Our guide, Walhid, has a soft spot in his heart for Aswan. He has been talking it up since we arrived, saying how beautiful it was and how he wants to move there and how it’s so much better than Cairo. After 2 days in the chaos of Cairo, we were ready to leave and had our expectations heightened due to his descriptions. From Cairo, we took a 13 hour sleeper train to Aswan, which is in the far south of Egypt along the Nile River. When I originally read the itinerary, I was nervous about the sleeper train. I remember the ones from India & China, and they were anything but comfortable. And with the Egyptian heat and sun, a day on only a couple of hours of sleep can be killer.
But thankfully the train was extremely comfortable! The AC was blasting, almost to the point of being chilled, and the beds were more pliush than some of the hotels we stayed at. I have a new roommate now, Julie, also an Australian. We tuckered down for a dinner of roast chicken and rice in the room. She was feeling a little tired, so I headed to the bar car to play Farkle with the other people in my group. The night flew by, full of laughs and fun. I woke up the next morning, nearly 10 hours later when the conductor woke us up for breakfast!
Walhid was not lying when he said Aswan is very beautiful. It is MUCH cleaner than Cairo and sits right on the banks of the Nile. Across the river, you see the beginning of the Sahara desert with towering sand dunes and ancient ruins. There are also islands in the middle of Nile, with lush green forests of palm and papyrus. I don’t think I saw a plant the whole time in Cairo, so this was a pleasant surprise.
We started off our day with a visit to the Philae Temple. In the 1960s, the Egyptian government endeavored on a series of major infrustructure projects, including building some large dams for hydroelectric power on the Nile. This project treatened many of the ancient ruins and relics, so the government commisioned companies and archeologists to move the sites to save them. Philae Temple is one of those. It was dissembled into 75,000 pieces, each labelled, and then moved and re-assembled on a different island that would be safe from the dam overflow. You take a small motor boat out to it, since it’s in the middle of the Nile. Looking at it, you would have no idea it was moved! The temple is dedicated to the gods Osaris and Isis, both protector gods in the Egyptian mythology. This temple was converted into a church during the 6th century AD, and many of the heiroglyphics were defaced by the Christians. But some survived and are in excellent condition. You can see some beautiful scenes explaining the story of Osaris and Isis, and Osaris and Seth. Once inside, you see just how extensive the carvings are. There are on every nook and cranny, pillar, wall and ceiling of the temple. It is pretty amazing. Also inside the temple is the holy room, which has an offering table only used by the pharaoh. A couple of times a year, the king would come to this temple to make specific offerings (which you see depicted on the wall) to the god of this temple. And then the room was sealed off until the next ceremony, never opened to the public.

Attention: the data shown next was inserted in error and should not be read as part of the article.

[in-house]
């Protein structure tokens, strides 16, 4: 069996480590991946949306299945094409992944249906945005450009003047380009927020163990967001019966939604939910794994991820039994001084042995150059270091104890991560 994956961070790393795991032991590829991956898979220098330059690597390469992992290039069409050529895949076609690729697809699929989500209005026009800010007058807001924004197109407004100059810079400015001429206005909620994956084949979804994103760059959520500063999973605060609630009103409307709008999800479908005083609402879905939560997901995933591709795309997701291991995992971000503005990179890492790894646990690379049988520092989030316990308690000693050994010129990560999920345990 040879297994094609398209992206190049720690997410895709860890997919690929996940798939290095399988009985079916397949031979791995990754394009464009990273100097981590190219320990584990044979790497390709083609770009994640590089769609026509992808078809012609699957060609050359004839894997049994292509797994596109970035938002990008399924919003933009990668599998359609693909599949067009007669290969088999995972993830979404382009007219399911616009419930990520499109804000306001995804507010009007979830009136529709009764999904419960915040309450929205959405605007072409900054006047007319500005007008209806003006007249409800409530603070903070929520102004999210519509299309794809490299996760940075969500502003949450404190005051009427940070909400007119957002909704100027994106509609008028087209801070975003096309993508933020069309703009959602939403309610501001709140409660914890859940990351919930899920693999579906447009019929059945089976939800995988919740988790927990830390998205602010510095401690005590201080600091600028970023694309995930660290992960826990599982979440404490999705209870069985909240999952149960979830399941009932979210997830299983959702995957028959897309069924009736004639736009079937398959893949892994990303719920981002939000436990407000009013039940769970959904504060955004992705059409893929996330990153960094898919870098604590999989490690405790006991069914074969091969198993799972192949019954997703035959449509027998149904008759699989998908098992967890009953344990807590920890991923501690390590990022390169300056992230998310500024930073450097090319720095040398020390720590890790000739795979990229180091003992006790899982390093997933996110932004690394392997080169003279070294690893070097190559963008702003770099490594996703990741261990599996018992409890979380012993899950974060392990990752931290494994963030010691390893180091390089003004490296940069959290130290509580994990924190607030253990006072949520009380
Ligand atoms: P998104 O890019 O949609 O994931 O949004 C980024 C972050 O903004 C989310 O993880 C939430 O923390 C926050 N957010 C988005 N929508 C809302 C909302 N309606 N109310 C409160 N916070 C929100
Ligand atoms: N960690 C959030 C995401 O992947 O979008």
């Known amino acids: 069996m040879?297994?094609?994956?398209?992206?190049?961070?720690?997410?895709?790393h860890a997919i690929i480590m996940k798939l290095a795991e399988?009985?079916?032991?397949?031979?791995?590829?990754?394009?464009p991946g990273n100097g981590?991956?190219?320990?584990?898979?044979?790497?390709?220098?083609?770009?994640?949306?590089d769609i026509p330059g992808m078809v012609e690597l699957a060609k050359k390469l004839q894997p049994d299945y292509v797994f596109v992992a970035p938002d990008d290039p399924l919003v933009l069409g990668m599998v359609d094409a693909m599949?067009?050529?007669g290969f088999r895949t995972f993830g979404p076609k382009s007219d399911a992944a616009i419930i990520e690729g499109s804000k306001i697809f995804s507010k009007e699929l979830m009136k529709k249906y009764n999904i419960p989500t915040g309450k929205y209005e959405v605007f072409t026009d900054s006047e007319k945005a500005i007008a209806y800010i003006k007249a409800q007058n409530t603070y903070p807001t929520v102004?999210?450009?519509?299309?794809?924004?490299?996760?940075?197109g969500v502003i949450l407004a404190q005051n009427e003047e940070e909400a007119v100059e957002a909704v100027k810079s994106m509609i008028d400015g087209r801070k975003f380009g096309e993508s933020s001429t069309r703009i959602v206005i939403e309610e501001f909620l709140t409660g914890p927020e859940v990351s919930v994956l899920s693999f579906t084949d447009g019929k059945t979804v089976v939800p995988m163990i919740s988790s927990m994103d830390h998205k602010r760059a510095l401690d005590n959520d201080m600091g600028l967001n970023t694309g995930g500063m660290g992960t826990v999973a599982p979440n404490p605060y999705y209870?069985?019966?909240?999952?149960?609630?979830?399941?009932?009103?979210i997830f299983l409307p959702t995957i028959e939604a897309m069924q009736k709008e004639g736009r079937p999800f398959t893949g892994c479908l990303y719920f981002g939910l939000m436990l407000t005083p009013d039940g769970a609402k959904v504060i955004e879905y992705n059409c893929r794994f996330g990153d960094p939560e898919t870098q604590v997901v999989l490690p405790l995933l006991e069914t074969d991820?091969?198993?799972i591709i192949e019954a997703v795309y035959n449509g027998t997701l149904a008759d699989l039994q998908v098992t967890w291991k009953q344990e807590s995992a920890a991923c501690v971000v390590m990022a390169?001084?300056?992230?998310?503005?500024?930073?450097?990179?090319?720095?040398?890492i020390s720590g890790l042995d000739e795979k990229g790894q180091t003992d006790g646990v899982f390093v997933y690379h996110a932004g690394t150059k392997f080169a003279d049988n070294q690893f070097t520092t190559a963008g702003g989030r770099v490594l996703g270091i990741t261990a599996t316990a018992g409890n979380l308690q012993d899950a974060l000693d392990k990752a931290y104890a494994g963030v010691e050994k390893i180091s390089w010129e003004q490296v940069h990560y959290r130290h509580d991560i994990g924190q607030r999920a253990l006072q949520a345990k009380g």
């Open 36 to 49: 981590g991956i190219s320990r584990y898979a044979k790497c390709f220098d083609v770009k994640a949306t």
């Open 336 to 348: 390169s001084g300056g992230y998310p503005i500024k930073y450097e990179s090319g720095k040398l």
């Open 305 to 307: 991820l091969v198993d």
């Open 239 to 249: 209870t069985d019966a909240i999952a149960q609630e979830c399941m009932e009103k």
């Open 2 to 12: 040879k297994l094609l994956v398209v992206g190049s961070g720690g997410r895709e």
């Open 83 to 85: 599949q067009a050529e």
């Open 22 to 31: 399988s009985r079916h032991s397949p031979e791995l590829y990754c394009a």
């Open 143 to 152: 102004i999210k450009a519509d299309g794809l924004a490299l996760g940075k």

After exploring the site for a couple of hours, we headed back to Aswan for rest. The afternoons here are brutal, reaching 100+ temperatures daily. So most Egyptians take rests during the afternoon, and come back out after the sun has descended a bit. I took full advantage of this, and napped! Hehe. Around 5pm, the group came together and went back out for a nighttime Nile cruise and dinner with a local Nubian family. THe Nubians are a specific ethnic group (or tribe, you could say) indigenous to Egypt. There are about 2 million of them throughout the country, and they speak an entirely different language and have unique customs and traditions. We had a lovely family dinner in a Nubian home on one of the islands in the Nile. I actually preferred this meal to the one in Jordan, because a) the food was a little better and b) the host spoke English and was much more interactive and lively. We learned all about the wedding and engagement rituals of the Nubian culture, and he even showed us his wedding photos! We toured his home, which is again, shared with siblings and other family members, as well as meeting his kids and relatives. The Nubian towns don’t have cars, so the homes are close together and you walk around the sand streets. Kids are everywhere, as the average Nubian woman has 6 kids. It was such a lovely experiencing seeing this way of life and enjoying a social and informative dinner.